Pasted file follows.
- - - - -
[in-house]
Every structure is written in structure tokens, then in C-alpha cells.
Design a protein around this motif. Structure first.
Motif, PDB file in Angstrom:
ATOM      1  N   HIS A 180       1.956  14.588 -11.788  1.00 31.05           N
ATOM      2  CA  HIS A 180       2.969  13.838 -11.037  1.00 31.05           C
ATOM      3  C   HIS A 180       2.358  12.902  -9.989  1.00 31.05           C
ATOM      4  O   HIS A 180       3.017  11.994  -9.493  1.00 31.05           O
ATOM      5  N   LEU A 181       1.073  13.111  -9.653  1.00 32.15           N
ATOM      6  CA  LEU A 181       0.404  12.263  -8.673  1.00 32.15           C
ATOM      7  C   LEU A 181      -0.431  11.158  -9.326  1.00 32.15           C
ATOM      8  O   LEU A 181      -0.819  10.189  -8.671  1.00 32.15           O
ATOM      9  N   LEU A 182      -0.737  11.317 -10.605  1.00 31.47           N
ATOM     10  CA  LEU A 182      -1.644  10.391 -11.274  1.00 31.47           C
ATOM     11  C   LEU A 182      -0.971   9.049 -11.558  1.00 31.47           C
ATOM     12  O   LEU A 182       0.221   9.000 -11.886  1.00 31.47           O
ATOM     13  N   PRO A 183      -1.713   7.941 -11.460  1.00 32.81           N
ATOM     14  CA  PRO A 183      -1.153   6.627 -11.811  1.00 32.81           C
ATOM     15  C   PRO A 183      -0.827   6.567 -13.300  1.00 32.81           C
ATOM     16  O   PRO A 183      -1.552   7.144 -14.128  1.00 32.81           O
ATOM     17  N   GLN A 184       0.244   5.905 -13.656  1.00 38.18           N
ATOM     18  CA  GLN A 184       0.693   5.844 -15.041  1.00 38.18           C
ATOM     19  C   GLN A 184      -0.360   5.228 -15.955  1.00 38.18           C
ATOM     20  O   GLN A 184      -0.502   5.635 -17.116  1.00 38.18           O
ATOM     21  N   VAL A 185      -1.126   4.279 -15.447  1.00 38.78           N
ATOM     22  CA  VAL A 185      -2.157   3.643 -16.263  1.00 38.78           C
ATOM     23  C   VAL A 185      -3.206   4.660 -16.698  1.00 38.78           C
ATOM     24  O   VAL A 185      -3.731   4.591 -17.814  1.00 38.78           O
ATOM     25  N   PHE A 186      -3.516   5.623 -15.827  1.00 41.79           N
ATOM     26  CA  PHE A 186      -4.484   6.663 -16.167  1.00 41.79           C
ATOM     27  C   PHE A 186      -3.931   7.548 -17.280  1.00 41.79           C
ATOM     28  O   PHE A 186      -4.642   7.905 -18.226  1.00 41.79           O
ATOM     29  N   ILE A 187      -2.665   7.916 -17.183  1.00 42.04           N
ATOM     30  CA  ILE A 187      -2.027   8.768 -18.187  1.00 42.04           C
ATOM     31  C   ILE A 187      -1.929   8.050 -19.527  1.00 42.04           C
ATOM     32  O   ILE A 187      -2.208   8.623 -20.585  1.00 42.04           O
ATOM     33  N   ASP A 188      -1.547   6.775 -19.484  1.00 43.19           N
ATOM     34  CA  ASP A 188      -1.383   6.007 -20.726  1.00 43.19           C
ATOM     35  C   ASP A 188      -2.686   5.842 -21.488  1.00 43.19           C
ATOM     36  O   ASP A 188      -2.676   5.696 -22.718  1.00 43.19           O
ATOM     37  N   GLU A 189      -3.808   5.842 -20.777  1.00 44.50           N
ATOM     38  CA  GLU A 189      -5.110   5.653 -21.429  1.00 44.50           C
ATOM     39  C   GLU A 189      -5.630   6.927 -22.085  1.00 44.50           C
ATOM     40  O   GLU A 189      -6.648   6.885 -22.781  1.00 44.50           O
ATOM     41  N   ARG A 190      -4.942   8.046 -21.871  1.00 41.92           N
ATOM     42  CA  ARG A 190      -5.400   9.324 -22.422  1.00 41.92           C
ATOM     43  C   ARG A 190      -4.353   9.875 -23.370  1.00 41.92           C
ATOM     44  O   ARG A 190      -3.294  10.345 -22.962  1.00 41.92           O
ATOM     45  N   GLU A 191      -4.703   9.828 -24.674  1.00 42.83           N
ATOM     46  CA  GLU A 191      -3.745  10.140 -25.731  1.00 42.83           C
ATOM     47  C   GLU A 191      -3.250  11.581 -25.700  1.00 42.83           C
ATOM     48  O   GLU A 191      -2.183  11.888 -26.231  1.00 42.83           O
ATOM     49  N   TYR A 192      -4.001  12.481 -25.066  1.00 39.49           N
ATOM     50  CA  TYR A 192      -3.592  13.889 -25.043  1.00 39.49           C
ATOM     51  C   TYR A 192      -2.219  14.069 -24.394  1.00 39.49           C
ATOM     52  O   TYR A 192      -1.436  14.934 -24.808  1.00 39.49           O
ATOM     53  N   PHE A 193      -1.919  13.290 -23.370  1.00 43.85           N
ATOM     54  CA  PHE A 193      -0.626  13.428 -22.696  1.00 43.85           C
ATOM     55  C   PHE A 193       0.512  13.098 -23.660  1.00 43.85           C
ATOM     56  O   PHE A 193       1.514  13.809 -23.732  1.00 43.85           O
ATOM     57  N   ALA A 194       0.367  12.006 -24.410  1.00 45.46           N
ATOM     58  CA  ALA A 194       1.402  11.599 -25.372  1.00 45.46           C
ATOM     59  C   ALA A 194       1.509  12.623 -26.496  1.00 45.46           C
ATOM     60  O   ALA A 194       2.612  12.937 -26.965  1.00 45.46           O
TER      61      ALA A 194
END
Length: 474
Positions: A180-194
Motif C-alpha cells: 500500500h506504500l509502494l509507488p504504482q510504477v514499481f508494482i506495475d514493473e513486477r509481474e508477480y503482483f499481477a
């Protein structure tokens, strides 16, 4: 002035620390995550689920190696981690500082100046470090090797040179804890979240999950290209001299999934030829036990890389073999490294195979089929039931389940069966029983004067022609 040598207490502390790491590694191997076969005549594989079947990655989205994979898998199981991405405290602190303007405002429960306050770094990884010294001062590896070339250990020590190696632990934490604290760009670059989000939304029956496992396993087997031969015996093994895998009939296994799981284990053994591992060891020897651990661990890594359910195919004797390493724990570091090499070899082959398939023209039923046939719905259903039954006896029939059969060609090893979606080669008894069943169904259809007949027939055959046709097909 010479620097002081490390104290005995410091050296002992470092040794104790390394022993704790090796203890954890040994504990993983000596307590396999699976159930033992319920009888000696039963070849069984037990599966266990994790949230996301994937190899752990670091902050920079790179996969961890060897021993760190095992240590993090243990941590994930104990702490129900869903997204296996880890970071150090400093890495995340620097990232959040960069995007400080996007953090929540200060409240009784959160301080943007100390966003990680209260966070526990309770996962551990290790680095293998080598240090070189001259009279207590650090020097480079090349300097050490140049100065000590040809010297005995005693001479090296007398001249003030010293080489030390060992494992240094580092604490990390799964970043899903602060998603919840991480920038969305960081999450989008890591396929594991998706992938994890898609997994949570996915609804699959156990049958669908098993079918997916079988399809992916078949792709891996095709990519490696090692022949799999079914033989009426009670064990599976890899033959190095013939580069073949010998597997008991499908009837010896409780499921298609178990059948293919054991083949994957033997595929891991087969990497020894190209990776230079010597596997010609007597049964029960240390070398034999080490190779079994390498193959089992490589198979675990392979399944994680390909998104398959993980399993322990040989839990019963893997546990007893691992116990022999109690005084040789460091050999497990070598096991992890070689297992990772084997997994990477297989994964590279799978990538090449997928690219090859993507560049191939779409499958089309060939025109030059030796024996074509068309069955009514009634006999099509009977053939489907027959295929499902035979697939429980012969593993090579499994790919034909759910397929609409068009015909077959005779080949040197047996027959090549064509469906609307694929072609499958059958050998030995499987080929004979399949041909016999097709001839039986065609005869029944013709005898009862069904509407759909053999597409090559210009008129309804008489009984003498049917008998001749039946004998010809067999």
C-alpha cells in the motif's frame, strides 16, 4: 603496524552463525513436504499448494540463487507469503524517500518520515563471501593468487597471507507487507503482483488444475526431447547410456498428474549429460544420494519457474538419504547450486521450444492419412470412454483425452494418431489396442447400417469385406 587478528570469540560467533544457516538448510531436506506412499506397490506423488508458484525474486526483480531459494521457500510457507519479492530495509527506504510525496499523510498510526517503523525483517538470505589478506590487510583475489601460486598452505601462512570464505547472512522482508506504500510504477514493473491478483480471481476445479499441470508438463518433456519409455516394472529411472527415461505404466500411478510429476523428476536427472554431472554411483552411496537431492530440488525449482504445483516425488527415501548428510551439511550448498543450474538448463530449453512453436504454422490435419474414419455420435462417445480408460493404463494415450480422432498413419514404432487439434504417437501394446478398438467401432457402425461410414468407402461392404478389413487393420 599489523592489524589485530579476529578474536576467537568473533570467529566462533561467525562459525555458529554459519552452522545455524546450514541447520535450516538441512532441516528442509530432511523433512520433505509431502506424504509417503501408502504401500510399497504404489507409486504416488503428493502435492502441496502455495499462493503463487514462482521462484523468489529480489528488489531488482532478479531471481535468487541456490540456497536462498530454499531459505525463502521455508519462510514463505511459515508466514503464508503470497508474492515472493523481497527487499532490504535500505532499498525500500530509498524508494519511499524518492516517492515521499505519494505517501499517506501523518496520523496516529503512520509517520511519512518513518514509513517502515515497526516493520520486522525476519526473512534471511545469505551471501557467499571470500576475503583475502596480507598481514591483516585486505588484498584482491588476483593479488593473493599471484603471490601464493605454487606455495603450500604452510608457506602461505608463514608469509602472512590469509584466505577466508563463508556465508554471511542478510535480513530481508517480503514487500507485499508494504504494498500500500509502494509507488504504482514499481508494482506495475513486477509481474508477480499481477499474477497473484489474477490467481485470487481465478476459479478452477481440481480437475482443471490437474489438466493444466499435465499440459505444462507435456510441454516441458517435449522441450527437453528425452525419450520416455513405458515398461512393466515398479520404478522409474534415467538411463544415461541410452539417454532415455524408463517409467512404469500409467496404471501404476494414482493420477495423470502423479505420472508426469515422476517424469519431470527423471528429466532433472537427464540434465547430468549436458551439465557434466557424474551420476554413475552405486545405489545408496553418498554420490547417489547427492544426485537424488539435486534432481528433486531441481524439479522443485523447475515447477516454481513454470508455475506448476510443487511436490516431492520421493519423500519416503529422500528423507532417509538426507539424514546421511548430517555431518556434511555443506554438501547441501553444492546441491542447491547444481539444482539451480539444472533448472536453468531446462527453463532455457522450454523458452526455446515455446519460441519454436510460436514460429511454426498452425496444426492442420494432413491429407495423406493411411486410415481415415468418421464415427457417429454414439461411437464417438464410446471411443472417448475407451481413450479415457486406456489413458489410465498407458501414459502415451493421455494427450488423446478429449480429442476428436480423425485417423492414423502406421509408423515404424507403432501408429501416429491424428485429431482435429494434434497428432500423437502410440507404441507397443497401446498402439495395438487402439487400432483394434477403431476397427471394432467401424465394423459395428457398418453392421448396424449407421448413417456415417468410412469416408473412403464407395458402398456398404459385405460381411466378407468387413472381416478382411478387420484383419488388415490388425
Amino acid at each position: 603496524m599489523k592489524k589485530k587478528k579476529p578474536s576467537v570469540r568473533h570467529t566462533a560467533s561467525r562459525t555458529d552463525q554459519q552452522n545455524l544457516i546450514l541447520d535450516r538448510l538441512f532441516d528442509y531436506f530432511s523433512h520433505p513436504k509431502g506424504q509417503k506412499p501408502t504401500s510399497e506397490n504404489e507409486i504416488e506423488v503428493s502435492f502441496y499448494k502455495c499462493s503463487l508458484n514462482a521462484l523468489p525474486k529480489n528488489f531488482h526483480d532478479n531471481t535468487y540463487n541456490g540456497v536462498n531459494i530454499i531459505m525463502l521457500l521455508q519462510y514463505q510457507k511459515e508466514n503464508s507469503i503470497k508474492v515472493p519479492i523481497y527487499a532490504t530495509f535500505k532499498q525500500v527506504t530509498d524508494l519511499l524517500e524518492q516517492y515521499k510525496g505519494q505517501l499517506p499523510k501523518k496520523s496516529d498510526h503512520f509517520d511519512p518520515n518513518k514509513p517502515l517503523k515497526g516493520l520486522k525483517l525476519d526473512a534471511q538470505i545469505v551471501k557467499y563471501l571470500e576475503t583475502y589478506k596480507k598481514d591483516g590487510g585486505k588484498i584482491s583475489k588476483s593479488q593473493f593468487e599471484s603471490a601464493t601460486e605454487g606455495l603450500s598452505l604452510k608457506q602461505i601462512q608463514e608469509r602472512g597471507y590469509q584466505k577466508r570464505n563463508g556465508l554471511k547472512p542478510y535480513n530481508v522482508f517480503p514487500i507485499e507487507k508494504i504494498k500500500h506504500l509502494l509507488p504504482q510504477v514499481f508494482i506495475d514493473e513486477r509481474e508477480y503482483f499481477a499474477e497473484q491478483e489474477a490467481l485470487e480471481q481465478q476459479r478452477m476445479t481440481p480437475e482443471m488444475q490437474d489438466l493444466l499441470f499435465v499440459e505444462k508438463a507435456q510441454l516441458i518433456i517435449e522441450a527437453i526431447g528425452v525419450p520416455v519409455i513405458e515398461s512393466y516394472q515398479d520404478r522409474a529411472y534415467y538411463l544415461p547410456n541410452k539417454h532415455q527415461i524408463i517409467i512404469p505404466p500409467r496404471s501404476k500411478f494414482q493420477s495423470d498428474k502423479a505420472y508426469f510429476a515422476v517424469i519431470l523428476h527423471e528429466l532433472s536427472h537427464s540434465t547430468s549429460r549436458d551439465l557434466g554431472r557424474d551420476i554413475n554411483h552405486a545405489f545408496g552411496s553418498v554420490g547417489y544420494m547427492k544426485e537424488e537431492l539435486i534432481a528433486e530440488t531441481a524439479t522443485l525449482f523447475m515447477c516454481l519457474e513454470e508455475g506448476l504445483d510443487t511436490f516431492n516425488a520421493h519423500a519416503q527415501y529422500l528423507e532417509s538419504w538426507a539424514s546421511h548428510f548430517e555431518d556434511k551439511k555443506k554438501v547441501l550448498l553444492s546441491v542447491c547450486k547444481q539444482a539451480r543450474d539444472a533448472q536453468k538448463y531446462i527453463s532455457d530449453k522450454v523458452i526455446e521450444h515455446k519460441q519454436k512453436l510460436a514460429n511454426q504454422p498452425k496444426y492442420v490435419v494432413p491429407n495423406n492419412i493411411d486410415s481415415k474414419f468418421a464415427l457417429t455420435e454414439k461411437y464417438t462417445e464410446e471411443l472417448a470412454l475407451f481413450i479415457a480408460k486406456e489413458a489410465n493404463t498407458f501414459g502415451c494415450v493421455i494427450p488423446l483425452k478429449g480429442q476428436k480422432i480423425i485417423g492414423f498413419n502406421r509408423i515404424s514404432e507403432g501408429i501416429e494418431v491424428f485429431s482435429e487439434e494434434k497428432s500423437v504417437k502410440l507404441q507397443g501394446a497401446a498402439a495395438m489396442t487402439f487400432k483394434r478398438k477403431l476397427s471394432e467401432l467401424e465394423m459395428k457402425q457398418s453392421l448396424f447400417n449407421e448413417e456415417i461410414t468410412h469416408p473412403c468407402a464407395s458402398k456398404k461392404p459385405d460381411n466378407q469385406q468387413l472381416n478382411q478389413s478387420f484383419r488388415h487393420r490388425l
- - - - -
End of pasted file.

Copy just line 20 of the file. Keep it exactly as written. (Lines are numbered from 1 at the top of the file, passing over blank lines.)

ATOM     16  O   PRO A 183      -1.552   7.144 -14.128  1.00 32.81           O